Even before the pandemic, challenges to effective compliance management were acute. Unexpected political outcomes, such as Brexit and the 2016 election of Donald Trump, led to major regulatory changes, overhauls which left businesses catching up.
Nor had businesses completely recovered from the previous systemic shock: the global financial crisis of the late 2000s. Following that crisis, national and supranational bodies issued sweeping financial reforms.
The years 2009 to 2012 saw more than 50,000 regulations sweep across the G20. That number rose to 50,000 in the year 2015, according to the London-based think tank, JWG.
Those regulations had the effect of upping the ante on compliance management, especially on the cost side. Compliance with the Dodd Frank Wall Street Reform and Consumer Protection Act cost banks USD 36 billion, according to the publication, Trade. All told, regulatory compliance cost banks USD 100 billion in 2016.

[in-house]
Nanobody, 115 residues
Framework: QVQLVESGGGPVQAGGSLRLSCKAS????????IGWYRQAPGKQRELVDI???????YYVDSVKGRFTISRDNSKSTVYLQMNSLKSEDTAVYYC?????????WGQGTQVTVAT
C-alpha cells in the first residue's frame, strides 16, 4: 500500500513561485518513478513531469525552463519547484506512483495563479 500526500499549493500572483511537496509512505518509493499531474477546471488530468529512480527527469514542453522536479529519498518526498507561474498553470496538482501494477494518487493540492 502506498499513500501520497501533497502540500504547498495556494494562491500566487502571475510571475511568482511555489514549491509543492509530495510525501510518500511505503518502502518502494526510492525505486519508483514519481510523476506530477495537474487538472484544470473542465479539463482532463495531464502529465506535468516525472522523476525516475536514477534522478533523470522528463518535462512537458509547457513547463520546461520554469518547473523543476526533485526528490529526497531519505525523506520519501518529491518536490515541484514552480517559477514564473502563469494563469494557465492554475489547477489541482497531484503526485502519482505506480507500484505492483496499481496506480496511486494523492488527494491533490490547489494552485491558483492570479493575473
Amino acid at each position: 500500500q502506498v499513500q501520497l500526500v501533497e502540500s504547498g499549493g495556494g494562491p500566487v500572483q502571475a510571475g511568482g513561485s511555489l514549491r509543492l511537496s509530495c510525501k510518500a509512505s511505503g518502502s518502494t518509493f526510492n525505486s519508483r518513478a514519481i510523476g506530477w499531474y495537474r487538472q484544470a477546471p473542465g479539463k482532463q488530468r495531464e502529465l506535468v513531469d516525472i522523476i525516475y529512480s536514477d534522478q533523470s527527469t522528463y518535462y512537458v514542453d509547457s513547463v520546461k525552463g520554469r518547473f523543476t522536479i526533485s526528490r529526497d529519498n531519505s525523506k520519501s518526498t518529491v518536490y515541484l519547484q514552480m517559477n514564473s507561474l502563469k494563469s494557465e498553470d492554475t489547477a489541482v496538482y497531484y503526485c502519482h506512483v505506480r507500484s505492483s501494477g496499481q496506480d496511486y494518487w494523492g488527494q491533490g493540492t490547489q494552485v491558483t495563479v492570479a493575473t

Financial regulation, though significant, isn’t the only contributor to ever-increasing compliance costs. Australian enterprises spend around AUD 94 billion to administer and comply with public sector rules.
Besides adhering to external edicts, companies also develop their own set of rules, regulations, policies, procedures, and by-lines. Compliance with these internal mandates have cost implications, as well. Australian enterprises spend around AUD 155 billion to administer and comply with self-imposed rules and regulations, according to Deloitte.
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